As a knitter, we all know those projects that you start with enthusiasm and excitement. You spend a hour at the yarn shop picking just the right fibre and then another hour hemming and hawing over the colour choice. Some of us even read the pattern over before we start, circling the size you are following or starring special instructions not to be missed (something I need to do more often). We cast on with little pitter-patters of excitement in our heart, dreaming of how good we will look when we walk out on the town wearing our new item.
And then it happens, perhaps you hit a particularly hard instruction, you scour Ravelry for advice, only to realize that no one else in the world has had the problem you have. Or perhaps the colour combination you chose would be better suited for your pet. Maybe you were like me, an ambitiously new knitter, who bit off more than you could chew.
I started the Delancey Cardigan after falling head over heals with how hip and trendy it looked. I loved the chevrons and the tuxedo like neck fold. Having only been a knitter for 1 year, it would be my first sweater and I was up for the challenge. I ordered yarn from Knit Picks (thankfully not the most expensive option) and was thrown when they arrived, looking different than the online image I remembered. Blasted non-retina screen! I cast on with slightly deflated gusto, but I was still determined to make the sweater…until I got to the arms. I was not used to starting a sleeve from the body, actually, I was not used to knitting sleeves period. My first several rounds were hideous, but I didn’t want to rip it out, it took me a good hour just to figure out how to start. I figured I could just fix the holes later. Well, later never came. My frustration with making sleeves with using DPN’s (I would later learn about the magic loop) got the best of me and I set it aside for the next year and a half.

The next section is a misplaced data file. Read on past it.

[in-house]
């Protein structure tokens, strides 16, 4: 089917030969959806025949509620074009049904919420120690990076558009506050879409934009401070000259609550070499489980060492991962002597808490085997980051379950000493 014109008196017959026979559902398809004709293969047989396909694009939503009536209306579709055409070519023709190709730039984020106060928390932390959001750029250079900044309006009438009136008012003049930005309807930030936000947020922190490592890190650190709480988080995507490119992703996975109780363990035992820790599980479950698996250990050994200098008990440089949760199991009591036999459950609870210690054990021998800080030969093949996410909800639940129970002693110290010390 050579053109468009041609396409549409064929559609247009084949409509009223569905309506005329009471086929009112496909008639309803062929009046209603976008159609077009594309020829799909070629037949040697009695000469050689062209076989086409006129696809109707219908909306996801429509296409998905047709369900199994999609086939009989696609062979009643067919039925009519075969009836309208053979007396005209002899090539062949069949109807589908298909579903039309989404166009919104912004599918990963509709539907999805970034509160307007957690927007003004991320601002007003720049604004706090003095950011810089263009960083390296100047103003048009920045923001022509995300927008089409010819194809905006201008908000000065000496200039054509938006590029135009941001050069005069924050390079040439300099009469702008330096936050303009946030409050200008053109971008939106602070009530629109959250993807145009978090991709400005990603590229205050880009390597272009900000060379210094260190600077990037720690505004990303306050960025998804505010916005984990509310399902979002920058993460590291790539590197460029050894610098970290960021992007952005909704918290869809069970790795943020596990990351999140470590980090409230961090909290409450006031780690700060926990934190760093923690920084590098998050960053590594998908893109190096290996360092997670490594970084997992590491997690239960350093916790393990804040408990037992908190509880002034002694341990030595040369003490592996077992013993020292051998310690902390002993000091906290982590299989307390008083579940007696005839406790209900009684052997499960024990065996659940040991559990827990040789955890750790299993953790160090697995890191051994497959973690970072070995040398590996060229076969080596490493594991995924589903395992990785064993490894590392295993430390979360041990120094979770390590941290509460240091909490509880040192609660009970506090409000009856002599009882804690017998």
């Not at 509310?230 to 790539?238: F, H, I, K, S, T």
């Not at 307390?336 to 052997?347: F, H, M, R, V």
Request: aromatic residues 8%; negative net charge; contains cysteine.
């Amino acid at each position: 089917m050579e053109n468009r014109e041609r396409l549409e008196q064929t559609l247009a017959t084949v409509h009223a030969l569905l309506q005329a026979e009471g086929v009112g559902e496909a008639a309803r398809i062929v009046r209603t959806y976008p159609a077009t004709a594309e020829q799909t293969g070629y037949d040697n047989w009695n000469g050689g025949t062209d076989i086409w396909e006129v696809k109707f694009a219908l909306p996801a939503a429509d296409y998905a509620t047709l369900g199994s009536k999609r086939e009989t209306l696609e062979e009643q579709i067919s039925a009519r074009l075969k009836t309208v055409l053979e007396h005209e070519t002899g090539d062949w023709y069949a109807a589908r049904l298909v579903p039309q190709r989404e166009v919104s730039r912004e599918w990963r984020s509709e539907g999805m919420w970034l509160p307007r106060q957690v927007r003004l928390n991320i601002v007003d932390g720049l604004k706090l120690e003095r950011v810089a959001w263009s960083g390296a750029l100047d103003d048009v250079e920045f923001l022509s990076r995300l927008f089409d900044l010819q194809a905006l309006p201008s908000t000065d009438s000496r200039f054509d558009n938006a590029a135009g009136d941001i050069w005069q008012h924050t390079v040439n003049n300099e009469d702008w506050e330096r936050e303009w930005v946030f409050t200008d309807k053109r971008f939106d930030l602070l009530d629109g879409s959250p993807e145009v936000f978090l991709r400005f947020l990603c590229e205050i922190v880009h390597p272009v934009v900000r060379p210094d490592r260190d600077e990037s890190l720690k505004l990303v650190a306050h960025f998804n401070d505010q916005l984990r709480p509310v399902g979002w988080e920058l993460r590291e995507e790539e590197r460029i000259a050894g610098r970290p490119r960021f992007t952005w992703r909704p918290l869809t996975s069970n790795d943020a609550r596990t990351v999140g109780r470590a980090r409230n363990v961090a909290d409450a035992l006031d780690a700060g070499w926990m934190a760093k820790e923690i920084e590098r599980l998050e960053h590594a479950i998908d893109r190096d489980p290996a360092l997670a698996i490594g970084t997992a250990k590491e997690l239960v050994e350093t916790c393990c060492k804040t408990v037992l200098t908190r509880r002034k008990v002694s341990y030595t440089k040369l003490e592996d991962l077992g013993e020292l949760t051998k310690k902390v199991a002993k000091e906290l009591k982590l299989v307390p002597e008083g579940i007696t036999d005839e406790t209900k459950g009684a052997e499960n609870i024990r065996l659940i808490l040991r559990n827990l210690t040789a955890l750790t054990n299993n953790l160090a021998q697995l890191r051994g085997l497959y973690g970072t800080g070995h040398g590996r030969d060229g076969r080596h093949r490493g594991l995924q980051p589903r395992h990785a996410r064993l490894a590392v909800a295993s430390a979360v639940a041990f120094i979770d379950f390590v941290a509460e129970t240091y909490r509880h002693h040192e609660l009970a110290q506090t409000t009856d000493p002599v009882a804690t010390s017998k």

The cardigan has been sitting in the corner mocking me for my lack of commitment and every time my eyes wonder to it I feel a sense of guilt. Why don’t I just get rid of it? Rip it out. Frog that project! Well the time has come. I’m not even going to bother frogging it, it is just going in the garbage. Too rash? I hope not. I imagine this weight being lifted from my shoulders as I hear the garbage truck rumble off into the distance.
Now what to do with those ridiculously difficult mittens I started last year…